We’ve looked at cities so far in my Anglotopia magazine articles so this time I wanted to show you something more of the country. East Anglia is the bit that sticks out on the east of England and at the top is Norfolk. I managed to combine a city break with a seaside stay too, which makes it a perfect summer destination.
When you live on an island – Great British has thousands of miles of coastline – we have a lot of ‘seaside’ to choose from. I want to introduce you to north Norfolk and its 45 miles of shore.
Designated an Area of Outstanding Natural Beauty, it’s a wonderful region to be outside. The beaches are only part of the reason to be here although they make an excellent reason on a sunny day. Dog walkers are out all day long, and bird watchers enjoy the rare visiting birds and the nature reserves. And I’m surprised we don’t all know about the seal colonies here too.
A perfect base for exploring north Norfolk is the traditional seaside town of Cromer. Considered to be the ‘Gem of the Norfolk Coast,’ it is 23 miles north of the county city of Norwich and 116 miles north-northeast of London.
Cromer is easy to reach by train. It’s about a 45-minute journey from Norwich and a total of 3 hours from London (with a change at Norwich).
Cromer’s popularity as a summer resort grew in the early nineteenth century. Visitors included the future King Edward VII who played golf here. And Winston Churchill spent his holidays in Cromer in the 1930s
Cromer has a slower pace of life but livens up on a sunny day with families on the beach. There are lots of gift shops, and most shops have bowls of water out for the dogs taken on walks in the town.
THINGS TO SEE AND DO
Most people who visit Cromer want to see the beach and the late-Victorian pier. Cromer Pier is nearly 500 feet long and is one of only five UK seaside piers with a full working theatre. The Pavilion Theatre has an ‘End of the Pier’ variety show for three months every summer with other shows from late spring through to Christmas.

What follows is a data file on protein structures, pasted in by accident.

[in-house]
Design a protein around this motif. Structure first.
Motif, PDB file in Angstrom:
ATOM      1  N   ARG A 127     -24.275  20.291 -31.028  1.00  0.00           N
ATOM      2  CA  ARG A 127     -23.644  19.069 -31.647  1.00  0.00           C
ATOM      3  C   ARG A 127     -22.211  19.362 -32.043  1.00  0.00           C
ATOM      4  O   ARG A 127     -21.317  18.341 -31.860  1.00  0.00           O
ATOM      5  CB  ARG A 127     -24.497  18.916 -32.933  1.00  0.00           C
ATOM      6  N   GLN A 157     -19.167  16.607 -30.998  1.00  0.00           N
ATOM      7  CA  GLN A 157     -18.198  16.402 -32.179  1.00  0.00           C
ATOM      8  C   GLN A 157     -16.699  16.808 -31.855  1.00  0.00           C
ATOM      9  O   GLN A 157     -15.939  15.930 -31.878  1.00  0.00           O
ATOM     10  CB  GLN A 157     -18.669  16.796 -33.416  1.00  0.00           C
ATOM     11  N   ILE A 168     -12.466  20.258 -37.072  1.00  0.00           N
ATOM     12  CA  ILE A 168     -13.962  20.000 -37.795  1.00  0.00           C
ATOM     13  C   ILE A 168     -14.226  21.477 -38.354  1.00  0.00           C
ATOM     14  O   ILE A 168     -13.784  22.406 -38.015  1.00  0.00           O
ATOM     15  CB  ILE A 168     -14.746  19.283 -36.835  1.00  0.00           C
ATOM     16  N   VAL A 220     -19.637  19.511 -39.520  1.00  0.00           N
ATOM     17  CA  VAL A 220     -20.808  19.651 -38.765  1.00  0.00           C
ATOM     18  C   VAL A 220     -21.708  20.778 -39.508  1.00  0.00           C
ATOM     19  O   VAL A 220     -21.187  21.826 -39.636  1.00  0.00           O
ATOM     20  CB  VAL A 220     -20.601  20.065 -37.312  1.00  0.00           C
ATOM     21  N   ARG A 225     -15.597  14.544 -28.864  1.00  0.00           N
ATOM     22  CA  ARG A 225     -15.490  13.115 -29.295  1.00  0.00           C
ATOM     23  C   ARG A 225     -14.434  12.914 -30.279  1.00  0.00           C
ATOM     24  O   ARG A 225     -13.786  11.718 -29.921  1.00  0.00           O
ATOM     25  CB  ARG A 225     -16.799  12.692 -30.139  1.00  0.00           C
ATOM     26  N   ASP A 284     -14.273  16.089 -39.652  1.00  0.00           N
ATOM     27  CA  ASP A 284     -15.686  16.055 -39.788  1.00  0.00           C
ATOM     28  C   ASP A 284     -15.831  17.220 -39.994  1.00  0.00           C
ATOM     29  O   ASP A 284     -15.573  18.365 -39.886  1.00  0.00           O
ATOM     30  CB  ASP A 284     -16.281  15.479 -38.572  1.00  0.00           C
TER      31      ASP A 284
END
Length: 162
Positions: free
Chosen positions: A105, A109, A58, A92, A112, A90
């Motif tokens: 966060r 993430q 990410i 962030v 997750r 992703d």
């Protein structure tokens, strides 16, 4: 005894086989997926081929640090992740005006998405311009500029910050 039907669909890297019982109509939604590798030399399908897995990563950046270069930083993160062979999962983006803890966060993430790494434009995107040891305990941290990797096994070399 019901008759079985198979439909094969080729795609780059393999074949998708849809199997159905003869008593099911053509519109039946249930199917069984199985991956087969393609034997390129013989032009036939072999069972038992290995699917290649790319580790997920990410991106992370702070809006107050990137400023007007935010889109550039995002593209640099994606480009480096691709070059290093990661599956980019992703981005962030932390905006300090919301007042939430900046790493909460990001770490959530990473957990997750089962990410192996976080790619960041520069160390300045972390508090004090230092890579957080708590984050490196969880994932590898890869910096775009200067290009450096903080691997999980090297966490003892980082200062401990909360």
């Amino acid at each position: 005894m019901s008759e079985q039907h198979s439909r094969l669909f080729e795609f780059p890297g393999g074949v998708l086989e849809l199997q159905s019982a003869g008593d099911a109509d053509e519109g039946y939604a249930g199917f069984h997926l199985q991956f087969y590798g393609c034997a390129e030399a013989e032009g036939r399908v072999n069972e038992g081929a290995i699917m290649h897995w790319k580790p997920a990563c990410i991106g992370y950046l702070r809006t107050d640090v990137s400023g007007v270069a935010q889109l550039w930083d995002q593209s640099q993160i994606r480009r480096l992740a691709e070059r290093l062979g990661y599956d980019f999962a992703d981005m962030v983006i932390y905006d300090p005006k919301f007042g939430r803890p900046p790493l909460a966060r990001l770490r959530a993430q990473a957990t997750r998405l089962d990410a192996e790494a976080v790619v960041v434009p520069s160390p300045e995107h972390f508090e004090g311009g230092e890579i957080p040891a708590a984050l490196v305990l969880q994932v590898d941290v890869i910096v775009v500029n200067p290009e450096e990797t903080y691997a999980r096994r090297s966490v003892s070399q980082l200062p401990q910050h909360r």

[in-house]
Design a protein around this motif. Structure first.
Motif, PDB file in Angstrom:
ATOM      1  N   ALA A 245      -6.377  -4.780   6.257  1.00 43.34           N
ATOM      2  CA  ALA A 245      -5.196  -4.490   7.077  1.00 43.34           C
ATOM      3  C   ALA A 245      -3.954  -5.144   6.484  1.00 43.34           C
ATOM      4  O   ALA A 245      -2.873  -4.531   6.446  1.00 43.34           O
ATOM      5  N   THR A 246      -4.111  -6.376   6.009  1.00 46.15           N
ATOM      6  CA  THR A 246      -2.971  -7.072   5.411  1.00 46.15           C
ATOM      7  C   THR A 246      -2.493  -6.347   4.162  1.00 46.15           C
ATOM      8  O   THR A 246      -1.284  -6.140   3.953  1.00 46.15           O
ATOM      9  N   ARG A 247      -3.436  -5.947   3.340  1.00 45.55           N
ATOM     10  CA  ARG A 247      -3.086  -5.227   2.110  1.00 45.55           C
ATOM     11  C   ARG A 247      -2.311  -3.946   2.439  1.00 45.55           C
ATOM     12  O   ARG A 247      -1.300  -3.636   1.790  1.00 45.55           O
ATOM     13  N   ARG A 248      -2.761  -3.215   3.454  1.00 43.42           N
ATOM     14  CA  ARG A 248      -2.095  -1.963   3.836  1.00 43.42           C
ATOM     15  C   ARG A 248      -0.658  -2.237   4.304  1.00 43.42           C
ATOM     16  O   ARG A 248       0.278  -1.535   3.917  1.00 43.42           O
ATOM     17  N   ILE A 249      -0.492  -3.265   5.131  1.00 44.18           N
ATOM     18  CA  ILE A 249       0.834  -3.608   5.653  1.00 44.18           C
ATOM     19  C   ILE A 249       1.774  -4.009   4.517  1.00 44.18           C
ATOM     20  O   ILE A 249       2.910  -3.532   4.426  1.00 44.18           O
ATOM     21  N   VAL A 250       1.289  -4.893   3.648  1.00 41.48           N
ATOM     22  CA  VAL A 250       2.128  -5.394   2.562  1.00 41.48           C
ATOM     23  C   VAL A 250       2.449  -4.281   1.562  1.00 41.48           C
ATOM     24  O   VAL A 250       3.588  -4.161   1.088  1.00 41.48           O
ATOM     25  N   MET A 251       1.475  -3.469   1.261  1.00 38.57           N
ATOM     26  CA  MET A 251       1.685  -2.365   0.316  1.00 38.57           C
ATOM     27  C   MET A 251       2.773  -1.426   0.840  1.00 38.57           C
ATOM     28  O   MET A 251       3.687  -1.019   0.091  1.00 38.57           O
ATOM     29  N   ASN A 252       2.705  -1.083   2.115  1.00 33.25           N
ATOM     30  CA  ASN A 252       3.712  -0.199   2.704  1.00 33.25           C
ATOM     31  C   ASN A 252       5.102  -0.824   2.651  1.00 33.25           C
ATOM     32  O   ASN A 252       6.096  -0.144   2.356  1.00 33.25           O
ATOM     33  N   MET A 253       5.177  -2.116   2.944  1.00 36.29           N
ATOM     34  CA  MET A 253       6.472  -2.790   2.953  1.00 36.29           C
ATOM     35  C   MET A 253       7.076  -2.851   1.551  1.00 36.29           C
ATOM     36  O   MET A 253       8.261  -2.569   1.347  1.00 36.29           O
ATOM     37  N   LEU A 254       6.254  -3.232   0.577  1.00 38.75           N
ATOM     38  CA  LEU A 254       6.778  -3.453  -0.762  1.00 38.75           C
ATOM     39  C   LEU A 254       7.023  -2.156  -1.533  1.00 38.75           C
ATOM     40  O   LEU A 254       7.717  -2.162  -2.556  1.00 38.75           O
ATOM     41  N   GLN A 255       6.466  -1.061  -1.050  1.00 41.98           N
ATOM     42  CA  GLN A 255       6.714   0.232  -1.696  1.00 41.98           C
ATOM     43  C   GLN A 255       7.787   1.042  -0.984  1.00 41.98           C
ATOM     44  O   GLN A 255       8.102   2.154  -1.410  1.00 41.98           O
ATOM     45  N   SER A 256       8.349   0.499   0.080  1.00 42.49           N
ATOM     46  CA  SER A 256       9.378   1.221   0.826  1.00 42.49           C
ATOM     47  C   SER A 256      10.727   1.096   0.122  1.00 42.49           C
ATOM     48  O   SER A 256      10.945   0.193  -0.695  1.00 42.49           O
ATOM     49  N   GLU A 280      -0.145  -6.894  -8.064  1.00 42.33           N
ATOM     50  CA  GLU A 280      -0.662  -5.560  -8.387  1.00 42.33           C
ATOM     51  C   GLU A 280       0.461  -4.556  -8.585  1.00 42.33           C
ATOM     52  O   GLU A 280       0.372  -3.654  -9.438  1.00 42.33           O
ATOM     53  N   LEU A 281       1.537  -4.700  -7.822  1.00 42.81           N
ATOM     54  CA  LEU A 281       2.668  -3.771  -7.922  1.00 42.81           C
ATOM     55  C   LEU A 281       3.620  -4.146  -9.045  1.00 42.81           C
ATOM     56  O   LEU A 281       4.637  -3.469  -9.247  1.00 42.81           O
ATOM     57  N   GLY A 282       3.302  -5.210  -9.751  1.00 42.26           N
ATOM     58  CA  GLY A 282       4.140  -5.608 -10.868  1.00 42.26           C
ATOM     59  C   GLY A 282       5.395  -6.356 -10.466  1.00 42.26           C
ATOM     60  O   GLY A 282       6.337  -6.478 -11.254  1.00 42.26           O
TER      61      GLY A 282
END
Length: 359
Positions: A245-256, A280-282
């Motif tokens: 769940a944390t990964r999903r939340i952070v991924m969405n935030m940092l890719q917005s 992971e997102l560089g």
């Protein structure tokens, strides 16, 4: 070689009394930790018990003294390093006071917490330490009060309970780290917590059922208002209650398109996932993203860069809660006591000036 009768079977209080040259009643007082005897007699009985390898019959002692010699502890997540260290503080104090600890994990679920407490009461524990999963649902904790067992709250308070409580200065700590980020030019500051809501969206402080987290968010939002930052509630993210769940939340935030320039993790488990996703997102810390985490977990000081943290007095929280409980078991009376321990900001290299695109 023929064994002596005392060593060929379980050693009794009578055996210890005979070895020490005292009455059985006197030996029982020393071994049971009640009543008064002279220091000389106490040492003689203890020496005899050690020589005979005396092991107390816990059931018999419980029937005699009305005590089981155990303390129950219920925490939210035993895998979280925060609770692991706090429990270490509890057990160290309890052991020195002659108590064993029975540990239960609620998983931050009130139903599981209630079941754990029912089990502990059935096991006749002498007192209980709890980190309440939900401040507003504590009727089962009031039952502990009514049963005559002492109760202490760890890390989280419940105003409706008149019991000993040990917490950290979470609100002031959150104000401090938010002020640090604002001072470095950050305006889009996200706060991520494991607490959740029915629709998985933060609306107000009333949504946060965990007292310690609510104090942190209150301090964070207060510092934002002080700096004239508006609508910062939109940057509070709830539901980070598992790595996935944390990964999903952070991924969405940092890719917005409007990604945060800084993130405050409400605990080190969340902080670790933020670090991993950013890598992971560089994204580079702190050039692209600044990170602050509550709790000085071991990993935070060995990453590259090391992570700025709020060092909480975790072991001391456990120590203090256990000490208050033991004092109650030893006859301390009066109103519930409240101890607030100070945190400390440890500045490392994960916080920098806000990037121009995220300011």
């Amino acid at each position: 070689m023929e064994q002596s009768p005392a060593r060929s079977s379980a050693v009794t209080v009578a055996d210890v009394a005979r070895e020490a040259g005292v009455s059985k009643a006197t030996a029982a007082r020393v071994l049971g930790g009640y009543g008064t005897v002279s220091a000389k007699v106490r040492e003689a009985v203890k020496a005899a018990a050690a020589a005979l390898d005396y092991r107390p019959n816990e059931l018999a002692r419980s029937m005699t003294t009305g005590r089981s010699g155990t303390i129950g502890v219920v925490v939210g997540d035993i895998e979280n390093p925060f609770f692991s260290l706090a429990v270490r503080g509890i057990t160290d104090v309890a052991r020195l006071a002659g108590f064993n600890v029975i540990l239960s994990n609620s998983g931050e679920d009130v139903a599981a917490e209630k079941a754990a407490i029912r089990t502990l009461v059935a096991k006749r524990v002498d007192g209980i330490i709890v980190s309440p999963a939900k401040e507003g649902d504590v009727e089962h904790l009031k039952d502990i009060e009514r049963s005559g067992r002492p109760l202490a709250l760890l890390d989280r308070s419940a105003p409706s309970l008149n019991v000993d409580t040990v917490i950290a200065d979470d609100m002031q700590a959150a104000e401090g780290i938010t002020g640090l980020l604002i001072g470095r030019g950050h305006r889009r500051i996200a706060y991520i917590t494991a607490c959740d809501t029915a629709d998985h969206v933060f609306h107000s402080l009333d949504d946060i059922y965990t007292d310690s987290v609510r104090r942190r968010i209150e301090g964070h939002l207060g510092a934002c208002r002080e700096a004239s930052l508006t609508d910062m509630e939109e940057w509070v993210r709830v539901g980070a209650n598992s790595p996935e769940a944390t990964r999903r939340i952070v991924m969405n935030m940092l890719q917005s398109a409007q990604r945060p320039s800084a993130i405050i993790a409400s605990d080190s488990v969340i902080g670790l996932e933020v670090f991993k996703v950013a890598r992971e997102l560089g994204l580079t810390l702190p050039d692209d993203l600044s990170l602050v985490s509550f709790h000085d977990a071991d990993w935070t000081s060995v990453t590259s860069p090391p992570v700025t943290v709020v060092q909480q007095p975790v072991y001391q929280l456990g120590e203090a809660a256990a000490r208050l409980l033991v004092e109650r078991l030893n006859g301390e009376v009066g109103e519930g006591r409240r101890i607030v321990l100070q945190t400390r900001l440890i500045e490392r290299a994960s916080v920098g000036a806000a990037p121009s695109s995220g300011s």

There’s also the RNLI Lifeboat Station at the end of the pier which welcomes visitors during the summer.
And as crabbing is popular here (the Cromer crab is on all menus), you could join the families trying to catch a crab from the pier. You just need a fishing line baited with bacon and a bucket to put the crabs in.
There are seats along the pier, so get a portion of fish and chips and bring them here to eat. Just be aware that the seagulls like chips too.
RNLI Henry Blogg Museum
There’s a free museum near the pier about the Royal National Lifeboat Institution lifeboatmen Henry Blogg who received the RNLI gold medal for heroism three times and the silver medal four times.
The museum has the Cromer Lifeboat H F Bailey III (ON 777) as its centerpiece and illustrates the history of the town’s lifeboats and lifeboatman Henry Blogg’s most famous rescues.
Do stop for a cuppa in the Rocket House Café upstairs as the views are great and there are often surfers to watch. (There’s a webcam here so you can watch from home too.)
In the town center, the Church of St Peter and St Paul dates from the fourteenth century. It has stained glass depicting lifeboat crew, and the window at the east of the south aisle was designed by Edward Burne-Jones and executed by William Morris. After admiring the finely carved hammer-beam roof head up the bell tower for fantastic views. The bell tower is the highest in the country at 160 feet high with 171 steps.
If your legs are wobbly after the climb, I can recommend the Art House Café opposite the church where they serve toasted teacakes and crumpets. Enjoy a pot of tea in the gallery where there are also some excellent, and well-priced, gifts to buy.
Next to the church, at Cromer Museum, you can step inside a cozy Victorian fisherman’s cottage and imagine what it was like to live in Cromer at the end of the nineteenth century. The museum has an impressive archive of historic photographs of the town charting Cromer’s history as a Victorian seaside resort with its fine hotels and scandalous mixed bathing.
And the Norfolk fossils in the Geology Gallery are worth seeing as it includes Britain’s oldest and most complete fossil along with some of the bones of the West Runton mammoth.
I wasn’t expecting to find South American wildlife at this seaside town, but Amazona Zoo is open all year and is just a short walk from the town center.
The tropical animals include jaguars, monkeys, snakes, flamingos, and tapirs, as well as Amazon parrots and macaws. The kids will love the indoor and outdoor play areas too.
Royal Cromer Golf Club
Visitors are always welcome at Royal Cromer and players staying at any local hotel receive a 10% discount for the standard 18 hole rate.
WHERE TO EAT